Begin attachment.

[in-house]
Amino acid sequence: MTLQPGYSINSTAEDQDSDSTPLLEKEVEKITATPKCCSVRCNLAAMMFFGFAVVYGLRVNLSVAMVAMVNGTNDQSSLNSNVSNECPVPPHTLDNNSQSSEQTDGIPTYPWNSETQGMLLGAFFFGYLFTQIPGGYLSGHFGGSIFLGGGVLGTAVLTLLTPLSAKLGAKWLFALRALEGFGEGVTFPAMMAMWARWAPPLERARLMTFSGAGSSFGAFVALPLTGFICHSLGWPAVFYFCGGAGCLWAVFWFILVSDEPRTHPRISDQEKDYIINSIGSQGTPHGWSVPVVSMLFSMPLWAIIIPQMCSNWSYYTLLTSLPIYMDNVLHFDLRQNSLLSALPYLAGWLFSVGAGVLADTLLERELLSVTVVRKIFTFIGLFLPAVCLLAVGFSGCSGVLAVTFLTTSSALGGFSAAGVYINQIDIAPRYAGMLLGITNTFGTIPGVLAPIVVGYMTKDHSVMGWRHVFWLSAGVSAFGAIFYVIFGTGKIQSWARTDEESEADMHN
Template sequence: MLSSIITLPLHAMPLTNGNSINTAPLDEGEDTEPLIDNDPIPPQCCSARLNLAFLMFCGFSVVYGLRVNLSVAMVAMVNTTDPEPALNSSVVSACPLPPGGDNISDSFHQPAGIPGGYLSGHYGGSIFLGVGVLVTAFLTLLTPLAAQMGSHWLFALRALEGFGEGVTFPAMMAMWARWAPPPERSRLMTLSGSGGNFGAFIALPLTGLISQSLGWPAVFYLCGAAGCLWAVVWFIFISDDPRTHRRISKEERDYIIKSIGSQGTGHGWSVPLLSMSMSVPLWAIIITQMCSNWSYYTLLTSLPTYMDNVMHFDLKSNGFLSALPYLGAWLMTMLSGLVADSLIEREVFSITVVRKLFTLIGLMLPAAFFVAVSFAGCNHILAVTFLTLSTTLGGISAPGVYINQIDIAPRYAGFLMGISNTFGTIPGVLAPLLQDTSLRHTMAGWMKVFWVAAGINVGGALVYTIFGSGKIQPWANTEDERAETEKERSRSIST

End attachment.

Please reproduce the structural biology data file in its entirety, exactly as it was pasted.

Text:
[in-house]
Amino acid sequence: MTLQPGYSINSTAEDQDSDSTPLLEKEVEKITATPKCCSVRCNLAAMMFFGFAVVYGLRVNLSVAMVAMVNGTNDQSSLNSNVSNECPVPPHTLDNNSQSSEQTDGIPTYPWNSETQGMLLGAFFFGYLFTQIPGGYLSGHFGGSIFLGGGVLGTAVLTLLTPLSAKLGAKWLFALRALEGFGEGVTFPAMMAMWARWAPPLERARLMTFSGAGSSFGAFVALPLTGFICHSLGWPAVFYFCGGAGCLWAVFWFILVSDEPRTHPRISDQEKDYIINSIGSQGTPHGWSVPVVSMLFSMPLWAIIIPQMCSNWSYYTLLTSLPIYMDNVLHFDLRQNSLLSALPYLAGWLFSVGAGVLADTLLERELLSVTVVRKIFTFIGLFLPAVCLLAVGFSGCSGVLAVTFLTTSSALGGFSAAGVYINQIDIAPRYAGMLLGITNTFGTIPGVLAPIVVGYMTKDHSVMGWRHVFWLSAGVSAFGAIFYVIFGTGKIQSWARTDEESEADMHN
Template sequence: MLSSIITLPLHAMPLTNGNSINTAPLDEGEDTEPLIDNDPIPPQCCSARLNLAFLMFCGFSVVYGLRVNLSVAMVAMVNTTDPEPALNSSVVSACPLPPGGDNISDSFHQPAGIPGGYLSGHYGGSIFLGVGVLVTAFLTLLTPLAAQMGSHWLFALRALEGFGEGVTFPAMMAMWARWAPPPERSRLMTLSGSGGNFGAFIALPLTGLISQSLGWPAVFYLCGAAGCLWAVVWFIFISDDPRTHRRISKEERDYIIKSIGSQGTGHGWSVPLLSMSMSVPLWAIIITQMCSNWSYYTLLTSLPTYMDNVMHFDLKSNGFLSALPYLGAWLMTMLSGLVADSLIEREVFSITVVRKLFTLIGLMLPAAFFVAVSFAGCNHILAVTFLTLSTTLGGISAPGVYINQIDIAPRYAGFLMGISNTFGTIPGVLAPLLQDTSLRHTMAGWMKVFWVAAGINVGGALVYTIFGSGKIQPWANTEDERAETEKERSRSIST